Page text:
Like much of MLB, Freeman still coming to grips with Fernandez death

Before the Braves left Miami Sunday afternoon, after their game against the Marlins was cancelled following the tragic death of Jose Fernandez in a boating accident, Freddie Freeman went to the Marlins team store at the stadium and bought a Fernandez jersey. He wore it on the bus ride to the Miami airport and flight to Atlanta.

“Least I could do,” said Freeman, who was in a state of shock and disbelief Sunday after learning of the death of Fernandez, whom he called the best pitcher in baseball along with Clayton Kershaw, and someone he’d gotten to know over the past four years and called “one of the best people I’ve ever met.”

The Braves let the Marlins use their rented team bus in Miami so that Miami players could go en masse to be with Fernandez’s mother Sunday. As the Braves were leaving for the airport in another bus the afternoon, Marlins players were returning to the ballpark after seeing Fernandez’s mother.

“Every time you’d kind of relax, another emotion hit you,” Freeman said of seeing them return.

While all of baseball mourned Fernandez, one of the sport’s biggest young stars, for the Braves in particular it’s something they’ll never forget, because they were there, many of them on the team bus headed to Marlins Park Sunday morning when news first broke of Fernandez’s death.

They had a Fernandez No. 16 Braves jersey made and hung it in the dugout for Tuesday night’s game against the Phillies, the Braves’ first since the pitcher’s death. The Braves planned a moment of silence for Fernandez before the game.

Former Braves outfielder Matt Diaz, who now does some broadcasting for the Braves, was at church Sunday when he heard that his friend and former Marlins teammate had died. Diaz befriended Fernandez at 2013 spring training when Diaz was 35 in his final season and Fernandez was a rookie.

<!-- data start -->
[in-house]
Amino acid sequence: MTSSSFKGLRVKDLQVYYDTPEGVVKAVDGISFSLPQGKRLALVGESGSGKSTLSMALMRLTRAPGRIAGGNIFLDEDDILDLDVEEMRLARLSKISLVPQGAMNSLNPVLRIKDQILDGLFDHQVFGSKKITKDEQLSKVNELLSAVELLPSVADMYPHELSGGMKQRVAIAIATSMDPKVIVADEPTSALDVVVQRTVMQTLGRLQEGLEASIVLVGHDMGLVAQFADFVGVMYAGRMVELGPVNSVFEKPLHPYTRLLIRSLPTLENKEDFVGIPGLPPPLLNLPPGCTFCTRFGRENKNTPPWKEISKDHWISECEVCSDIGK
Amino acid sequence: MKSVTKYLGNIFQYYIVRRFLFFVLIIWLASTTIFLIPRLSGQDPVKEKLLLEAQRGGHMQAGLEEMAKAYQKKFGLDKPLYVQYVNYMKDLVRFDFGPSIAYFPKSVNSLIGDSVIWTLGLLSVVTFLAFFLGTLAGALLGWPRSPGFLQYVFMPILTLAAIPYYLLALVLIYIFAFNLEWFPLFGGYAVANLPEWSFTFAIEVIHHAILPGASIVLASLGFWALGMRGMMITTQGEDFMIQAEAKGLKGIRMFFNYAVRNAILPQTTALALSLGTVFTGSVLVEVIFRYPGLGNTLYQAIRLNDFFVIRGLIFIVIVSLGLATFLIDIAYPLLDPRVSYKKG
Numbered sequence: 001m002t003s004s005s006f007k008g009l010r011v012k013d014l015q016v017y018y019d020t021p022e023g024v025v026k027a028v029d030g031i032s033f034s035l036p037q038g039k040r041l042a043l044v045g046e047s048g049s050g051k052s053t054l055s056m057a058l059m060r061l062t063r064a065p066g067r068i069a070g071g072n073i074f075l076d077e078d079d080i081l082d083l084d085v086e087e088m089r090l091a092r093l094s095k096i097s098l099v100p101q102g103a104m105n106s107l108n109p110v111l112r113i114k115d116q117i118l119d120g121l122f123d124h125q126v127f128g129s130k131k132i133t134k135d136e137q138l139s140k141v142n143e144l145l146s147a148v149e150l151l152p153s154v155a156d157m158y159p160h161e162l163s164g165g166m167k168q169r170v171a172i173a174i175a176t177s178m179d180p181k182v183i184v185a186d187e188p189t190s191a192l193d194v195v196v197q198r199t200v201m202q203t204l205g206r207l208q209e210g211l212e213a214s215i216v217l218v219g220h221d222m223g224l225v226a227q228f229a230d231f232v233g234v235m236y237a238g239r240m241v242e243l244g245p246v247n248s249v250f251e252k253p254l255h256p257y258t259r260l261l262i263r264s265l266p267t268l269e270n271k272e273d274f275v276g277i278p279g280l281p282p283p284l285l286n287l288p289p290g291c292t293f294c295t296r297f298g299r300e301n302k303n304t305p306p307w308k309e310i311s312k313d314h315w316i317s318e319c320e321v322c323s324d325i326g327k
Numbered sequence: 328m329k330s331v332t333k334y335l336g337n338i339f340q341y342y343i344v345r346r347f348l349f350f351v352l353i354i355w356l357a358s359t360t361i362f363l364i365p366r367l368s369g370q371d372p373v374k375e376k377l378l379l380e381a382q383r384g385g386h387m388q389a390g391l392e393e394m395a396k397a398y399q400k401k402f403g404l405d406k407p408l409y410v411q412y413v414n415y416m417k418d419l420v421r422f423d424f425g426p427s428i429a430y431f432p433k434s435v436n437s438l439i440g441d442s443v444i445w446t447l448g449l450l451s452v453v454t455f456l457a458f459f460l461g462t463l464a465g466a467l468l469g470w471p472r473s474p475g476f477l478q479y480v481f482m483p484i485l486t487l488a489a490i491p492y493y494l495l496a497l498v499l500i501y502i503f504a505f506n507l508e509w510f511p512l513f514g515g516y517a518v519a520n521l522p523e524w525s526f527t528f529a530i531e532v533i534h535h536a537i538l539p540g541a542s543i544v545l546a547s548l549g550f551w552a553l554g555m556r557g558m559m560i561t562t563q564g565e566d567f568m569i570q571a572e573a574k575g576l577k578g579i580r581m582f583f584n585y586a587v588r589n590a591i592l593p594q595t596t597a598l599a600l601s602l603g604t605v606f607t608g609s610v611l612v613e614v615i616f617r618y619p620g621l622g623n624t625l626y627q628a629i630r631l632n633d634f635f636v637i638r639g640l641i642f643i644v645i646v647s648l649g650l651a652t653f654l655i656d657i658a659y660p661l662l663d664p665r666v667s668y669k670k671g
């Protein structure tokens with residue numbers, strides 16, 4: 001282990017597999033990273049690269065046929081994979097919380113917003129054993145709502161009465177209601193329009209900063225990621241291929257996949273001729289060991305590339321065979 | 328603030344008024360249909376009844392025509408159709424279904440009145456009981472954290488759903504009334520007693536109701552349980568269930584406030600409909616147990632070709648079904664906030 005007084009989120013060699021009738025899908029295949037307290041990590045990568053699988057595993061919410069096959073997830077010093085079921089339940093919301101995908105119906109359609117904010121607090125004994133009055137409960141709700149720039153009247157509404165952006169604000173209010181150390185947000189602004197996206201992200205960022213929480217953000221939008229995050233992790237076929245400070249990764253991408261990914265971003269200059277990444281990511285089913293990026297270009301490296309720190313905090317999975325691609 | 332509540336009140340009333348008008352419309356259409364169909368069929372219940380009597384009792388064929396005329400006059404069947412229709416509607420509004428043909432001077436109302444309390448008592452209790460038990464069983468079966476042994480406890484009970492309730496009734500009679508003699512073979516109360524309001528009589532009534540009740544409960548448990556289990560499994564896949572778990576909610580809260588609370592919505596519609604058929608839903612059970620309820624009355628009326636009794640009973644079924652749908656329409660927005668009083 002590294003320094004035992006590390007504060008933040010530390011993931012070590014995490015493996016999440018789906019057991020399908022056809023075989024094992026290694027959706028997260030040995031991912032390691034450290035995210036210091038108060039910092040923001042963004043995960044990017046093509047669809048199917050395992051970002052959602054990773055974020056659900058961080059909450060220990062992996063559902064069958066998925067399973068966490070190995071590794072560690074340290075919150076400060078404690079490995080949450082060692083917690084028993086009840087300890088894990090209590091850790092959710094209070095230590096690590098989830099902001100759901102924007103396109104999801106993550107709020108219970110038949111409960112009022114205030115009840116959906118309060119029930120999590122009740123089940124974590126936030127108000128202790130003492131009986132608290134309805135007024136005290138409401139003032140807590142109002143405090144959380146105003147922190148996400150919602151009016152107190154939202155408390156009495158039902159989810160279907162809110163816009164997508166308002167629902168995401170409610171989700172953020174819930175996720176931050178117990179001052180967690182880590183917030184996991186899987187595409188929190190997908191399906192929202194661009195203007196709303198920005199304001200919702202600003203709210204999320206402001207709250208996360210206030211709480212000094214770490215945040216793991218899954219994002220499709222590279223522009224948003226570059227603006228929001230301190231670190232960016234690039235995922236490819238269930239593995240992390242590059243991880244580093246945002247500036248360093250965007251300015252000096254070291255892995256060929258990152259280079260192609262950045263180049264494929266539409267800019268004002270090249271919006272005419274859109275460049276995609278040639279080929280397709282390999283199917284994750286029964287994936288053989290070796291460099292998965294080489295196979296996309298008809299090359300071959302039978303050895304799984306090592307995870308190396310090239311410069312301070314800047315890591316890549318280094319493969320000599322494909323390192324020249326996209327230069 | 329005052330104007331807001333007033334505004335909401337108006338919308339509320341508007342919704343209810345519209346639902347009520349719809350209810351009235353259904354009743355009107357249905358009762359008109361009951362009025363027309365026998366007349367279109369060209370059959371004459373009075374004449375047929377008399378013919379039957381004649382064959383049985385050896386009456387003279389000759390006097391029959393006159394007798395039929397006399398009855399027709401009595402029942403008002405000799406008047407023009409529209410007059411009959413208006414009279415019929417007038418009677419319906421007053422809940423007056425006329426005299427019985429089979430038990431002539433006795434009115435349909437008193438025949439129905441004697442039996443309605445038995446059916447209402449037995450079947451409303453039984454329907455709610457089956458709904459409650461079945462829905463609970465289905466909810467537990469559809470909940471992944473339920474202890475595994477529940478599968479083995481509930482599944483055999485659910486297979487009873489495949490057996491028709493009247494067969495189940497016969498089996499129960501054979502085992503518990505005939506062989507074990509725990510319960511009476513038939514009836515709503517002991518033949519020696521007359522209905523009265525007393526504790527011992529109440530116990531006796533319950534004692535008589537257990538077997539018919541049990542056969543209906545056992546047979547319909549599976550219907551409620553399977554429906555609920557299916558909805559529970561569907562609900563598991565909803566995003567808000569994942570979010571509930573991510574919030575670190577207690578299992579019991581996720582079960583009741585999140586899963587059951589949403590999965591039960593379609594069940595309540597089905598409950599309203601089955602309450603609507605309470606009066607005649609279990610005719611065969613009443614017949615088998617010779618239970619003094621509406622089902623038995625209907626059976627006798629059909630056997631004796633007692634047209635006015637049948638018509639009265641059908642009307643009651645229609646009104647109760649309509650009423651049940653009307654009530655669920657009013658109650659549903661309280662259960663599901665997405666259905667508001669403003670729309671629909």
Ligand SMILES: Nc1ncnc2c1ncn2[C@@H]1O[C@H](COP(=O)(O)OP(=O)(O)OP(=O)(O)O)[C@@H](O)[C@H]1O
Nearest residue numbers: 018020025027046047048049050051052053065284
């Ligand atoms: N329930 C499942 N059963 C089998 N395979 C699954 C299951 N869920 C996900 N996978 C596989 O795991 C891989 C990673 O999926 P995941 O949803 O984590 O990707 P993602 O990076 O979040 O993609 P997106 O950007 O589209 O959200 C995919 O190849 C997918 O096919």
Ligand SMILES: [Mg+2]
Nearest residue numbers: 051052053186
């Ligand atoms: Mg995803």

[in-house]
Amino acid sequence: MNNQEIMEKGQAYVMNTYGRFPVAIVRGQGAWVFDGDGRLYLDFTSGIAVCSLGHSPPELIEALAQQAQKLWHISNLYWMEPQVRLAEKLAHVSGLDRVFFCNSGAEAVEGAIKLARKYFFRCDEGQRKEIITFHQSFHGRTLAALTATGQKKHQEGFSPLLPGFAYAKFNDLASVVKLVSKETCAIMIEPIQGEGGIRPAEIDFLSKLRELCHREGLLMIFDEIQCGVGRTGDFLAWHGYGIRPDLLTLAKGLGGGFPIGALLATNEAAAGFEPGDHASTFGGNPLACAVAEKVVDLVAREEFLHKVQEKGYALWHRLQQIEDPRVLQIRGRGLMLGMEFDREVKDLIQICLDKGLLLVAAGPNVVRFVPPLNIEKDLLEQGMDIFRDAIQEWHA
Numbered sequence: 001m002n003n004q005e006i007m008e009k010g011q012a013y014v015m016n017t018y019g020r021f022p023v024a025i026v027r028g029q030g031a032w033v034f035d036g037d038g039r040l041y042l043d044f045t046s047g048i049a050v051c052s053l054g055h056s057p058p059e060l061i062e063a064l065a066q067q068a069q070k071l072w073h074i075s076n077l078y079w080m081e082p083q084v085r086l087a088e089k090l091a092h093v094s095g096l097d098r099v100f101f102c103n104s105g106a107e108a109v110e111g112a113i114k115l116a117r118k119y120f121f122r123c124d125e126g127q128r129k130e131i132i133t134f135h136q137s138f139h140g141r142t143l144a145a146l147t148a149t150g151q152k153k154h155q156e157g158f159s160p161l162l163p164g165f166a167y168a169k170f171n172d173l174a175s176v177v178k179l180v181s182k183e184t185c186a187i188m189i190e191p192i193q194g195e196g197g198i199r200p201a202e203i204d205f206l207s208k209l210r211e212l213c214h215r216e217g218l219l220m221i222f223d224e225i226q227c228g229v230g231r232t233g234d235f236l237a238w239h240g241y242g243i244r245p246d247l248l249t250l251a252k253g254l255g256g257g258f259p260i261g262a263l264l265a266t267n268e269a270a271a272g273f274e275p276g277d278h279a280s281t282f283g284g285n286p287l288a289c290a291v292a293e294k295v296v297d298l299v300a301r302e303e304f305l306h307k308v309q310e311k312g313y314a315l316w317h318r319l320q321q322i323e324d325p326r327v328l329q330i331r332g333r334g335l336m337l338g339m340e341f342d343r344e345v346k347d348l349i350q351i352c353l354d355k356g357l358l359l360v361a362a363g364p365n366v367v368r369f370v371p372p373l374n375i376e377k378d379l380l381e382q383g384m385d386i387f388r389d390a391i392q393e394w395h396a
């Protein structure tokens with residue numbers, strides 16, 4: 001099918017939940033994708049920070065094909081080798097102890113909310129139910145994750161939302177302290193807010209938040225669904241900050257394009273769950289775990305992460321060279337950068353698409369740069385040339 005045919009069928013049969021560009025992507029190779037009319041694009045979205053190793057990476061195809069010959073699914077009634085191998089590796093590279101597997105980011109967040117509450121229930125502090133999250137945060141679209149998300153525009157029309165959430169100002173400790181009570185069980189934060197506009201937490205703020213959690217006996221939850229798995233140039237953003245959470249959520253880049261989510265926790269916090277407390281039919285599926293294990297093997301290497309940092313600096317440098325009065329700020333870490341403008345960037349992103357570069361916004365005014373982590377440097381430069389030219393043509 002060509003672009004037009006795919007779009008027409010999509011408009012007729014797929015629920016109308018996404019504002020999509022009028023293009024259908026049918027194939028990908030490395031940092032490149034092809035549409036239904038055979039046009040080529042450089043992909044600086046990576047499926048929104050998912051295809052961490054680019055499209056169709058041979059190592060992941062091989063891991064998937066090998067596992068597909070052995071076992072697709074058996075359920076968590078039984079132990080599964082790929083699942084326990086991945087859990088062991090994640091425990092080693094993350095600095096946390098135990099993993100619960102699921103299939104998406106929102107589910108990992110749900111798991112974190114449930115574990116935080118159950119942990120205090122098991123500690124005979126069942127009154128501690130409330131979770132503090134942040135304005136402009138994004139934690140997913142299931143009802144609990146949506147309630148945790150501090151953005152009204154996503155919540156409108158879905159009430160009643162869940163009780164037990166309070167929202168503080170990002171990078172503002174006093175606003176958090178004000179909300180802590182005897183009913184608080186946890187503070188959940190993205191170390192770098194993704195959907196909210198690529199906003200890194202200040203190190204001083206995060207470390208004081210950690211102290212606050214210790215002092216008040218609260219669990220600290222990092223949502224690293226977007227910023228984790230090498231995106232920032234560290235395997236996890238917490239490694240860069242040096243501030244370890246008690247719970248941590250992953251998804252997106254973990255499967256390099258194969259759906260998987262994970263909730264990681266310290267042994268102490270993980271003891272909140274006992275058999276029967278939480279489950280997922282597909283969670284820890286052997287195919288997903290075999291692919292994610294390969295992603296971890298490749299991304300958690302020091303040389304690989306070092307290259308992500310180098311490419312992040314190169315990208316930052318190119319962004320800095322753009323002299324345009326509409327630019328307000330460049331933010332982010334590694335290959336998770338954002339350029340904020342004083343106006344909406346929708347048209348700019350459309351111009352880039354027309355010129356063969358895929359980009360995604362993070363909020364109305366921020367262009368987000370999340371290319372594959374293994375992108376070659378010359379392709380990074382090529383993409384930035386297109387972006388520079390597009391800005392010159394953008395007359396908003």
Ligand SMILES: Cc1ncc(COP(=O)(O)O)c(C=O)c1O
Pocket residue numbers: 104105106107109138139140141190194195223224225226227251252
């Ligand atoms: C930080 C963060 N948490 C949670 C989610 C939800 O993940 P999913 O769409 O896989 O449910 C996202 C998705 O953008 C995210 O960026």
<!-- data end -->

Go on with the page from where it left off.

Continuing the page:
He helped Fernandez understand clubhouse decorum after Fernandez privately requested the assistance.

Diaz, too, was initially in a state of stunned disbelief after hearing the news of the early morning boat crash.

“He played like I hope we all could live, full of life and knowing that it wasn’t forever,” Diaz said. “They always say the good ones get taken so young, and that’s so true. So true.”

The Braves were off Monday, a day when Freeman was named National League Player of the Week for the third time since mid-June. He wasn’t in much mood to celebrate, and after turning on the Marlins-Mets game Monday night another wave of emotion came over him when he saw tributes to Fernandez and especially Dee Gordon’s home run.

Gordon, a left-handed hitter, led off the first innin wearing Fernandez’s batting helmet and standing in the right-handed batter’s box for the first pitch in tribute. Then he switched helmets, moved to the other side of the plate, and smashed a 2-0 pitch from Bartolo Colon for his first homer of the season, which Gordon said was the longest he’d ever hit, even in batting practice.

He cried as he ran around the bases, and Marlins players were overcome with emotion in the dugout.

“It’s a tragedy that really still hasn’t sunk in,” Freeman said Tuesday. “Still waiting to wake up from that nightmare. I watched some of the game yesterday with the Marlins and Mets, and it just brought tears to your eyes. Very, very emotional. Happy for the Marlins that they won that game….

“You know, that needed to happen, something like that. They were all crying in the top of the first (inning) still. A lot of people were really pulling for them to win that game. Obviously the Mets want to win all their games, but it’s just like the Braves back (facing the Mets after) Sept. 11, I think that’s one game they don’t mind losing.”

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